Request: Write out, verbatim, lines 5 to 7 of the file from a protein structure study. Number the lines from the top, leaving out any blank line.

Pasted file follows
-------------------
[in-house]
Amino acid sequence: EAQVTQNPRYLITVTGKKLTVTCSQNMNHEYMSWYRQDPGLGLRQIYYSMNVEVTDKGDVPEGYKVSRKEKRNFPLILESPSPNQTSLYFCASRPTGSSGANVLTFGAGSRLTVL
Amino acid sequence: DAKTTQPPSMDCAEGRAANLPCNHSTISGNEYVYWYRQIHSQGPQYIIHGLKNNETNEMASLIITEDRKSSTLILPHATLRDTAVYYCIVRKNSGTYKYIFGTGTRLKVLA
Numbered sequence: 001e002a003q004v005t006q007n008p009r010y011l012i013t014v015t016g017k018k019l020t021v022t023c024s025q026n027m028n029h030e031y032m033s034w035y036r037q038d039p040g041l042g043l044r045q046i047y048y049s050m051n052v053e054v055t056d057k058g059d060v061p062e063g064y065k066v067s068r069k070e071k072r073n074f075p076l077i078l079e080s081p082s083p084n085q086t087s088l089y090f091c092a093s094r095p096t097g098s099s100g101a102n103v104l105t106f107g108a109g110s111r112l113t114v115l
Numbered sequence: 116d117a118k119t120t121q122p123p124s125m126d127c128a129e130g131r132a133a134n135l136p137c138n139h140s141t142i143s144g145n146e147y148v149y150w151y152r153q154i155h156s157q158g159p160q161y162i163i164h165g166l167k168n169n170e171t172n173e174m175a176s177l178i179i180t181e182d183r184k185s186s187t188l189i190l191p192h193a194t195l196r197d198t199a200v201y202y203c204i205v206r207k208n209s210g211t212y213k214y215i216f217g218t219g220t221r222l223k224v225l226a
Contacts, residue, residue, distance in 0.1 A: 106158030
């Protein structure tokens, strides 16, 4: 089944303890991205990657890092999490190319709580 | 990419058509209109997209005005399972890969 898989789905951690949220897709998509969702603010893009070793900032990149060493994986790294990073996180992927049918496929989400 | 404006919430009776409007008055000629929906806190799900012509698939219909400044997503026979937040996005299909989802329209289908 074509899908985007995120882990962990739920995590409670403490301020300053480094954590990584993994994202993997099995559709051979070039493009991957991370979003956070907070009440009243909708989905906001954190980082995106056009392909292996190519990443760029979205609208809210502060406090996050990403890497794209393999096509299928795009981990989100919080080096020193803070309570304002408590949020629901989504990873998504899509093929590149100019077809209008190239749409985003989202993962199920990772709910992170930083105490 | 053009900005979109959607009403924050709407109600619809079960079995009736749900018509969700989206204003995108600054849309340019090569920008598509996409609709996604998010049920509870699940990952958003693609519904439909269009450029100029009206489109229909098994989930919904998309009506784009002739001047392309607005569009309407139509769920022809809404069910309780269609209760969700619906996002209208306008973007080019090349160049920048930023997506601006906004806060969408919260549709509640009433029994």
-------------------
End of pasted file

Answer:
Numbered sequence: 116d117a118k119t120t121q122p123p124s125m126d127c128a129e130g131r132a133a134n135l136p137c138n139h140s141t142i143s144g145n146e147y148v149y150w151y152r153q154i155h156s157q158g159p160q161y162i163i164h165g166l167k168n169n170e171t172n173e174m175a176s177l178i179i180t181e182d183r184k185s186s187t188l189i190l191p192h193a194t195l196r197d198t199a200v201y202y203c204i205v206r207k208n209s210g211t212y213k214y215i216f217g218t219g220t221r222l223k224v225l226a
Contacts, residue, residue, distance in 0.1 A: 106158030
């Protein structure tokens, strides 16, 4: 089944303890991205990657890092999490190319709580 | 990419058509209109997209005005399972890969 898989789905951690949220897709998509969702603010893009070793900032990149060493994986790294990073996180992927049918496929989400 | 404006919430009776409007008055000629929906806190799900012509698939219909400044997503026979937040996005299909989802329209289908 074509899908985007995120882990962990739920995590409670403490301020300053480094954590990584993994994202993997099995559709051979070039493009991957991370979003956070907070009440009243909708989905906001954190980082995106056009392909292996190519990443760029979205609208809210502060406090996050990403890497794209393999096509299928795009981990989100919080080096020193803070309570304002408590949020629901989504990873998504899509093929590149100019077809209008190239749409985003989202993962199920990772709910992170930083105490 | 053009900005979109959607009403924050709407109600619809079960079995009736749900018509969700989206204003995108600054849309340019090569920008598509996409609709996604998010049920509870699940990952958003693609519904439909269009450029100029009206489109229909098994989930919904998309009506784009002739001047392309607005569009309407139509769920022809809404069910309780269609209760969700619906996002209208306008973007080019090349160049920048930023997506601006906004806060969408919260549709509640009433029994």